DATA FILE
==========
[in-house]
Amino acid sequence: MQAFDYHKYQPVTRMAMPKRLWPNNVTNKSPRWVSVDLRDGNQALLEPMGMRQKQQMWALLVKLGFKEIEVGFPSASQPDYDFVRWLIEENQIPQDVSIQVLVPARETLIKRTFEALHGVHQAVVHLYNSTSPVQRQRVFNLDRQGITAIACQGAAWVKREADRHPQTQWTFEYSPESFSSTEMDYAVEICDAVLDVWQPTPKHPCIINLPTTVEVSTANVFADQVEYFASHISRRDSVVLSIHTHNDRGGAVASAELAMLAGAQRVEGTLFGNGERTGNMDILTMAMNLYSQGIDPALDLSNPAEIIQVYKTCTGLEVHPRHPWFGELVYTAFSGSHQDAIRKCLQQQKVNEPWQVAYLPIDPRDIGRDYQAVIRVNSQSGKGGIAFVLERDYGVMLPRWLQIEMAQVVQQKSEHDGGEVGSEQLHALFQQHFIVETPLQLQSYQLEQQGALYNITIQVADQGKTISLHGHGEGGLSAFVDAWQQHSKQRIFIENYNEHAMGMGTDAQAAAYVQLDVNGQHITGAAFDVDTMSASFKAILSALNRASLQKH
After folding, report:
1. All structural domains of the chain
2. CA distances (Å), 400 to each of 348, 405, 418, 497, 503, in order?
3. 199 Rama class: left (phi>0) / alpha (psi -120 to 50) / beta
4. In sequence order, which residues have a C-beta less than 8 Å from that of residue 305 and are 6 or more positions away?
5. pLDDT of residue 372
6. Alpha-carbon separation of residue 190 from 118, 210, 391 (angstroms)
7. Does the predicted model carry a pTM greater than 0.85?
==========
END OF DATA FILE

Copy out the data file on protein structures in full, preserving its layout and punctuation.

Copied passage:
[in-house]
Amino acid sequence: MQAFDYHKYQPVTRMAMPKRLWPNNVTNKSPRWVSVDLRDGNQALLEPMGMRQKQQMWALLVKLGFKEIEVGFPSASQPDYDFVRWLIEENQIPQDVSIQVLVPARETLIKRTFEALHGVHQAVVHLYNSTSPVQRQRVFNLDRQGITAIACQGAAWVKREADRHPQTQWTFEYSPESFSSTEMDYAVEICDAVLDVWQPTPKHPCIINLPTTVEVSTANVFADQVEYFASHISRRDSVVLSIHTHNDRGGAVASAELAMLAGAQRVEGTLFGNGERTGNMDILTMAMNLYSQGIDPALDLSNPAEIIQVYKTCTGLEVHPRHPWFGELVYTAFSGSHQDAIRKCLQQQKVNEPWQVAYLPIDPRDIGRDYQAVIRVNSQSGKGGIAFVLERDYGVMLPRWLQIEMAQVVQQKSEHDGGEVGSEQLHALFQQHFIVETPLQLQSYQLEQQGALYNITIQVADQGKTISLHGHGEGGLSAFVDAWQQHSKQRIFIENYNEHAMGMGTDAQAAAYVQLDVNGQHITGAAFDVDTMSASFKAILSALNRASLQKH
After folding, report:
1. All structural domains of the chain
2. CA distances (Å), 400 to each of 348, 405, 418, 497, 503, in order?
3. 199 Rama class: left (phi>0) / alpha (psi -120 to 50) / beta
4. In sequence order, which residues have a C-beta less than 8 Å from that of residue 305 and are 6 or more positions away?
5. pLDDT of residue 372
6. Alpha-carbon separation of residue 190 from 118, 210, 391 (angstroms)
7. Does the predicted model carry a pTM greater than 0.85?